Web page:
knifeoutdoor

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Henckels, the knife company advertising along the roadway, was born on June 13, 1731, when Peter Henckels registered the Gemini twin (Zwilling) with the Cutlers’s Guild in Solingen. 278 years later the knife manufacturer from Germany is a global player.

Editors note: This photo was not altered by CNJ. We have contacted the US division of Henckels to verify the billboard’s legitimacy and are waiting for a response from their corporate headquarters in Germany, however, based on our research to date, we believe it to be authentic.

 

Knife marketing and RAT Cutlery Company

Weekend Edition

Knives come in a wide variety of shapes, sizes and designs. 

Many of us have different knives for different uses, and moods. Kind of like hats and boots, and if you are like me, I decide which to wear based on what I’m going to do and what kind of mood I’m in.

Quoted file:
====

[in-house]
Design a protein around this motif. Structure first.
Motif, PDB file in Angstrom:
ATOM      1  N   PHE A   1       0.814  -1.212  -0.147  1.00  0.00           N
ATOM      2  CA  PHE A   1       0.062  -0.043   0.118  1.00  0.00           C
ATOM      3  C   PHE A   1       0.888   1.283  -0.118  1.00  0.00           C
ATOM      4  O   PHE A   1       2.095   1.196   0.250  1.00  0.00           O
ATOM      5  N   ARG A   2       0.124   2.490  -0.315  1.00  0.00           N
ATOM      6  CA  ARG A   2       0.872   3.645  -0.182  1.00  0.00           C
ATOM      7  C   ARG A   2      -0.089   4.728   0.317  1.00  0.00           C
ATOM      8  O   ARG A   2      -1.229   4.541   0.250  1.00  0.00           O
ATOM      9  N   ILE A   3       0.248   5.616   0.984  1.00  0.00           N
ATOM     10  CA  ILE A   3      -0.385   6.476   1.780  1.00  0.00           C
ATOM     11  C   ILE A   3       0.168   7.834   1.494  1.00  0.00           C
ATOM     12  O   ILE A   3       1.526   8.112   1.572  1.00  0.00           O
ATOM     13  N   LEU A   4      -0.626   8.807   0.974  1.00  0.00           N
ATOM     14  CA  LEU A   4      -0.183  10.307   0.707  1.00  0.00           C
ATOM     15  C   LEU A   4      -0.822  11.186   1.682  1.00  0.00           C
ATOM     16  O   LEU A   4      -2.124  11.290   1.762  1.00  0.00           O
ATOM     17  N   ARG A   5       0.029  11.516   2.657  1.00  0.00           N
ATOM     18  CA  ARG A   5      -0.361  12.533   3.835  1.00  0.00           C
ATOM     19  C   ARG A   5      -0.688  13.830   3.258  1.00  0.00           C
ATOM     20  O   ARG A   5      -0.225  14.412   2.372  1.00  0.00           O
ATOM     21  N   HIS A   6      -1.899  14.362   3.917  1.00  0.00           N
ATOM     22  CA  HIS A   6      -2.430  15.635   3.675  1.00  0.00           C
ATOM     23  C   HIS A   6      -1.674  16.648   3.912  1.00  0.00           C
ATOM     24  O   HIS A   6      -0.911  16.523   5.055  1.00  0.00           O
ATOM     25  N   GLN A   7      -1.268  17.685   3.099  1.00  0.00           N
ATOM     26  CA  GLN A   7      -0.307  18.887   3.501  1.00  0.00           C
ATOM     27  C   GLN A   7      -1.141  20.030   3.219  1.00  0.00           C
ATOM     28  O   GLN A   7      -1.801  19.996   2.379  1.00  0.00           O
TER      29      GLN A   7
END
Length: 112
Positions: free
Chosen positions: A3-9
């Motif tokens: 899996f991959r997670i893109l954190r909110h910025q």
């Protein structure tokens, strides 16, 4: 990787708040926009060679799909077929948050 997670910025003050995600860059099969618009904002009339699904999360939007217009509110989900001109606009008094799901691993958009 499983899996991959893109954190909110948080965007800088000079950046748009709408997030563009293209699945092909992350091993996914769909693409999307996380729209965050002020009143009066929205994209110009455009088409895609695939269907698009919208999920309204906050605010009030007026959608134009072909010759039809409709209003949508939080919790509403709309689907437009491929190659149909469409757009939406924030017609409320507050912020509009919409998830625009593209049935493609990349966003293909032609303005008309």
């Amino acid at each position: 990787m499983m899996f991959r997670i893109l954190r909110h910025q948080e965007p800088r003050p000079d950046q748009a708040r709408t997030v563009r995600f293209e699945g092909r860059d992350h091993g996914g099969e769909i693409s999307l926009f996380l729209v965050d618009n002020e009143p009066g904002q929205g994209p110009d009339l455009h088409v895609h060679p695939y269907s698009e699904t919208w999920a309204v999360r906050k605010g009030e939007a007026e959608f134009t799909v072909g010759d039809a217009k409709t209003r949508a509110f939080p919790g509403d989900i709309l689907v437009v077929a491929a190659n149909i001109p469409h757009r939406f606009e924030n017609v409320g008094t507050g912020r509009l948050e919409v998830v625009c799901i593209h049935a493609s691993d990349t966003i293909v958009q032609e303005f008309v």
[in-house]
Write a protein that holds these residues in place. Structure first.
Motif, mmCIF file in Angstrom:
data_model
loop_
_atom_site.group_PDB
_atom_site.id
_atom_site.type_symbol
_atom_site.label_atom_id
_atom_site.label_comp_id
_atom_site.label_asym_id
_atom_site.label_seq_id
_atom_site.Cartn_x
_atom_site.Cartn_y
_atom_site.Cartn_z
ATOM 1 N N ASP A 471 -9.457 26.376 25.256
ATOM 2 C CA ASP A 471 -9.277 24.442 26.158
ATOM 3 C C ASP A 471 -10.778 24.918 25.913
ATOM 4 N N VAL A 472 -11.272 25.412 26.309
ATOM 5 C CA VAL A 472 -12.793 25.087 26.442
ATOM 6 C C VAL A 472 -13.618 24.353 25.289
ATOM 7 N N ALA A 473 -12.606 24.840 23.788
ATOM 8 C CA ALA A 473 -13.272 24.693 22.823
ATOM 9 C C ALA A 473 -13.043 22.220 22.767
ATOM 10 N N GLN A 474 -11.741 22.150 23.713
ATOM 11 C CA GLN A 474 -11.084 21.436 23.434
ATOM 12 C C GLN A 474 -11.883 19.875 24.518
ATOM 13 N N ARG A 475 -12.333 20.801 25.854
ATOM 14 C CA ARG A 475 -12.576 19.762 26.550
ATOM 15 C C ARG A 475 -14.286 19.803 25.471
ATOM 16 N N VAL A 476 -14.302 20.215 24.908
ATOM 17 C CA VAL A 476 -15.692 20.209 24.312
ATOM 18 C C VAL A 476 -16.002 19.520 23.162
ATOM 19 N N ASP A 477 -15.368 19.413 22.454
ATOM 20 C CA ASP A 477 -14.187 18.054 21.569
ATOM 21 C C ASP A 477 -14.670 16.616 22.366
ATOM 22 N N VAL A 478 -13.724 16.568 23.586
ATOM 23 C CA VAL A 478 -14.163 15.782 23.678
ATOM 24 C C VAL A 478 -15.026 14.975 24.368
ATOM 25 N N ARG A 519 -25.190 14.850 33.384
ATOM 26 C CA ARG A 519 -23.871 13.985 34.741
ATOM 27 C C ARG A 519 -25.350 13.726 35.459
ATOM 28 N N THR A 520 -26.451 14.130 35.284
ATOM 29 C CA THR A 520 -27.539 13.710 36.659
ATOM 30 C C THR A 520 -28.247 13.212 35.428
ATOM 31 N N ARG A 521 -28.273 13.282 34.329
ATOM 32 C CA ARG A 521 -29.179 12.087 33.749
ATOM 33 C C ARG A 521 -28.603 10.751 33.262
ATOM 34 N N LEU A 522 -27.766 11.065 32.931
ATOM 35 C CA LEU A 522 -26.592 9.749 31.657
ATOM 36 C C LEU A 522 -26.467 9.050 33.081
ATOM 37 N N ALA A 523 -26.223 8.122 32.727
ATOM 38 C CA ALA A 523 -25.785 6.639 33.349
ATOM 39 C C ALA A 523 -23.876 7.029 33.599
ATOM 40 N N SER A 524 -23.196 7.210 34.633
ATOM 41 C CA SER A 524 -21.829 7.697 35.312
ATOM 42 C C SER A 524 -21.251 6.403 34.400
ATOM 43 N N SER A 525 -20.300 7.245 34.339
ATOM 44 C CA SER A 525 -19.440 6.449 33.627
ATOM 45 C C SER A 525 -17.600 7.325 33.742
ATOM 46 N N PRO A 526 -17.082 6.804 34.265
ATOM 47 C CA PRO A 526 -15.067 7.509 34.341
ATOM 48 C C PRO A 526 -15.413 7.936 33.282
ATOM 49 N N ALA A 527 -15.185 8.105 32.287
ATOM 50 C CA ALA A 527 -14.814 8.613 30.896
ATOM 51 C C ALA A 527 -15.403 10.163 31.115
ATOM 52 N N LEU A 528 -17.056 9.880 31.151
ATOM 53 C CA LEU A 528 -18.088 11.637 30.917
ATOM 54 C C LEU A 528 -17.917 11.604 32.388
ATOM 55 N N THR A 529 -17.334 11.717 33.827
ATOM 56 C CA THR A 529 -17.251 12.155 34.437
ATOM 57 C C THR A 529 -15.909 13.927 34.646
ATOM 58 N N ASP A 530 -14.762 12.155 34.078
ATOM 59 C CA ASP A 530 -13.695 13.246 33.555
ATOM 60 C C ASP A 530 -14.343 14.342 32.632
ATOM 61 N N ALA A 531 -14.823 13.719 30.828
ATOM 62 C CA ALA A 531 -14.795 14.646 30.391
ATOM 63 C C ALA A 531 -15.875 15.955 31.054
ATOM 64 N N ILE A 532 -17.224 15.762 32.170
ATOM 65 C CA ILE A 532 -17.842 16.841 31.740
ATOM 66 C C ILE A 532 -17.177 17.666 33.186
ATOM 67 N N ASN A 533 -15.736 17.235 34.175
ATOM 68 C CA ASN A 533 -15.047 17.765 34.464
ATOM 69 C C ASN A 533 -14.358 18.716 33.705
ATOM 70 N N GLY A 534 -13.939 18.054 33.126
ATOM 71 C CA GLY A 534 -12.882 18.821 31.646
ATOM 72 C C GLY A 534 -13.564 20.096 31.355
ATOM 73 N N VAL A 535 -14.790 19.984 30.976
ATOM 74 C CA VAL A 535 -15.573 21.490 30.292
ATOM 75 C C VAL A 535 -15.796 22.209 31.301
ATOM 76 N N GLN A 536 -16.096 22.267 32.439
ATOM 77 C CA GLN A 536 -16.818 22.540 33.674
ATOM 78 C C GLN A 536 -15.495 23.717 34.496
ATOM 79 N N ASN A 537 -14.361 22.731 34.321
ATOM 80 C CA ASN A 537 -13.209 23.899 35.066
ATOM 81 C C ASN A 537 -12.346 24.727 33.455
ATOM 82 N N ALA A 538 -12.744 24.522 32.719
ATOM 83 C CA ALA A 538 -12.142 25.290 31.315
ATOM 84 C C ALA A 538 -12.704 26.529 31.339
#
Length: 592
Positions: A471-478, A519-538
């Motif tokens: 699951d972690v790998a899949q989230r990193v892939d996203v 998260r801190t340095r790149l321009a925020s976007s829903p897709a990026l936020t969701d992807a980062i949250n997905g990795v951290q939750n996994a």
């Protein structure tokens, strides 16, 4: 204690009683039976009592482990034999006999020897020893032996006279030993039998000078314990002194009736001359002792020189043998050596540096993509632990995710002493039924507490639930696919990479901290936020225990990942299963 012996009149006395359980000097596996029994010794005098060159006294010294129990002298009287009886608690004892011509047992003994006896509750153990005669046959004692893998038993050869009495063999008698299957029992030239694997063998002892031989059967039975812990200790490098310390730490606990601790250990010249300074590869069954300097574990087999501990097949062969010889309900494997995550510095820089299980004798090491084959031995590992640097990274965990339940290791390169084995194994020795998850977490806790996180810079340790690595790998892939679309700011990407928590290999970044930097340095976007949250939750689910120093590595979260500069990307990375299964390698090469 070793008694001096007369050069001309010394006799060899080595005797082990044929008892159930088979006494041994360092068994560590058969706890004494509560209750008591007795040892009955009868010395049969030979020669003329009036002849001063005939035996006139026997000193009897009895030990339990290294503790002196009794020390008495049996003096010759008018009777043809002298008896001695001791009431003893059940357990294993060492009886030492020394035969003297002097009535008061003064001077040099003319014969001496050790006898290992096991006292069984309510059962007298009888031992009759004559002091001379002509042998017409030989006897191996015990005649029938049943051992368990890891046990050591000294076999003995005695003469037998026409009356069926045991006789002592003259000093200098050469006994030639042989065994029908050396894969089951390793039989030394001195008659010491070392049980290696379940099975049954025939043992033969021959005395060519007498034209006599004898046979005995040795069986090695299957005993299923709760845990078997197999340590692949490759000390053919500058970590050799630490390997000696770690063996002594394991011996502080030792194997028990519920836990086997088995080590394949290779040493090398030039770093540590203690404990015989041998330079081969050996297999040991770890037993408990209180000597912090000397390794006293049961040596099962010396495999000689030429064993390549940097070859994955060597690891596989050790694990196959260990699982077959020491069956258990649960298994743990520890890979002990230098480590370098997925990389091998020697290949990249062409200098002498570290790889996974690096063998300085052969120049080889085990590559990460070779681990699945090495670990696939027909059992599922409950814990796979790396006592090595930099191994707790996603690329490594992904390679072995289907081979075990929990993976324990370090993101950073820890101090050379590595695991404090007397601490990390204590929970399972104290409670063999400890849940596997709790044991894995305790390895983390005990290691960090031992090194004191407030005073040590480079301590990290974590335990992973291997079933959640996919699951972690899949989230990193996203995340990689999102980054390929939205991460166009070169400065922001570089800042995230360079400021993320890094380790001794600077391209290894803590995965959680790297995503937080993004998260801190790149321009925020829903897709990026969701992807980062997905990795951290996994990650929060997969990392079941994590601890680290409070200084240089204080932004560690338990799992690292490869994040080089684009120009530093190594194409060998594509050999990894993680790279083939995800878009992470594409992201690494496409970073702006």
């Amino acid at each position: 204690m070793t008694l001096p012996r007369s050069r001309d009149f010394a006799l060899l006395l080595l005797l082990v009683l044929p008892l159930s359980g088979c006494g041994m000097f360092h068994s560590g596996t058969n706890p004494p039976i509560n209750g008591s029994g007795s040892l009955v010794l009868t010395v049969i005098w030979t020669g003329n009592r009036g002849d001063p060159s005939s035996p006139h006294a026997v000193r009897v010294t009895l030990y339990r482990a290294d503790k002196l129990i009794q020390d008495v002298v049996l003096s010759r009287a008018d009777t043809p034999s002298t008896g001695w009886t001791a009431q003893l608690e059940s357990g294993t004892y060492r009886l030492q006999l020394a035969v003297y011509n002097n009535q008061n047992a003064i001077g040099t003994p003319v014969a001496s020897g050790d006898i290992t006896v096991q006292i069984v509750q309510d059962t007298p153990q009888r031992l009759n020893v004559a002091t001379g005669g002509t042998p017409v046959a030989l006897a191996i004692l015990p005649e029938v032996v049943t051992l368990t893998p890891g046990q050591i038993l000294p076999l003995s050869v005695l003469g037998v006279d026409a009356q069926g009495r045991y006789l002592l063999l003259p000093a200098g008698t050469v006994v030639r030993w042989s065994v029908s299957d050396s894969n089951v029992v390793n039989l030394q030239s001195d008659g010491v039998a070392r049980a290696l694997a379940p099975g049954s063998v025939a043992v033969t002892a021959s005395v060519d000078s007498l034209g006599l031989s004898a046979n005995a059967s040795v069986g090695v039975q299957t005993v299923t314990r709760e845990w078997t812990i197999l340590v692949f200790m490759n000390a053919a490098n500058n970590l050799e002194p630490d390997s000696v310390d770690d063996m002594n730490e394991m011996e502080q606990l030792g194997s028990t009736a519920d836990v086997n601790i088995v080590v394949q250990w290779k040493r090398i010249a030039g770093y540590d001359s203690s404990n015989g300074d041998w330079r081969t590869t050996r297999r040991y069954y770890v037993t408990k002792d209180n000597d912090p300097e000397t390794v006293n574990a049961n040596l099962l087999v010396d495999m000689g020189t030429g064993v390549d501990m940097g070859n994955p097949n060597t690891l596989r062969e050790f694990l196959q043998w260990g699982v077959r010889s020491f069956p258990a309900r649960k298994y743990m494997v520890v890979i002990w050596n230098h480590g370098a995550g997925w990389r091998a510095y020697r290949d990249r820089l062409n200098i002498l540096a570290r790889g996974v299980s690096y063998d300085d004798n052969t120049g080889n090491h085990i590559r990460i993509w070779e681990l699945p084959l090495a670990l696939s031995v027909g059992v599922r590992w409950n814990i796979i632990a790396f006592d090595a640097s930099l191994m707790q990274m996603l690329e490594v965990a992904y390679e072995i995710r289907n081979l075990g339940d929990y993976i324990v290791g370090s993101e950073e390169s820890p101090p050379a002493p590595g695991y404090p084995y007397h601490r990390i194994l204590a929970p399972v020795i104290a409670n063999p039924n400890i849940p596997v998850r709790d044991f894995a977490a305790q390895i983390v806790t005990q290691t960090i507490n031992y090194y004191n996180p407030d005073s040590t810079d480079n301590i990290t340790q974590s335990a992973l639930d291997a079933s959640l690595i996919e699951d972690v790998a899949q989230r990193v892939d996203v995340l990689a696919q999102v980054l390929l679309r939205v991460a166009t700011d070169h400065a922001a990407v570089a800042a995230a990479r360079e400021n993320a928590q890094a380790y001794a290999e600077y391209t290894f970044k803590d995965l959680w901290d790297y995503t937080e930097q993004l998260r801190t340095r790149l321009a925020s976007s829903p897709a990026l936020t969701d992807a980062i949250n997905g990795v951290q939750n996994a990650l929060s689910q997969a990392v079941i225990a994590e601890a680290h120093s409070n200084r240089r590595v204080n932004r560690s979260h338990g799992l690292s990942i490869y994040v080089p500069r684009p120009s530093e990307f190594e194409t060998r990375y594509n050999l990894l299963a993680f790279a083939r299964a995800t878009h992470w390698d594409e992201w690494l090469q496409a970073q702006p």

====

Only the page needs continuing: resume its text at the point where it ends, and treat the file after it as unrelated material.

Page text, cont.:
There are about as many knife makers as there are different kinds of knives, and as I watch the knife industry and its players I pay attention to how each knife company brands itself. How it attempts to separate itself from competitors and the message points in its advertisements. 

One company’s ad gets my attention every time.

ratcutlery

 

And while it catches my eye for more than one reason, I find their location to be of particular interest. The firm is based here in Sweet Home Alabama- Gallant, Alabama to be exact.  

The firm’s name is one you probably have seen before and you may even own one of their knives. It is RAT Cutlery Company

I was reading through the current issue of Blade Mag and noticed this ad again, so I decided to google map Gallant.

Would you believe they are only 20 minutes away?

I acted on a wild hair and emailed the owners requesting a time I could come visit on behalf of CNJ. Later that night, I got a favorable reply. So, in March I’m going to go check out this knife maker and it should be interesting. I’ll report back.

Published in: on February 21, 2009 at 10:25 am  Comments (6)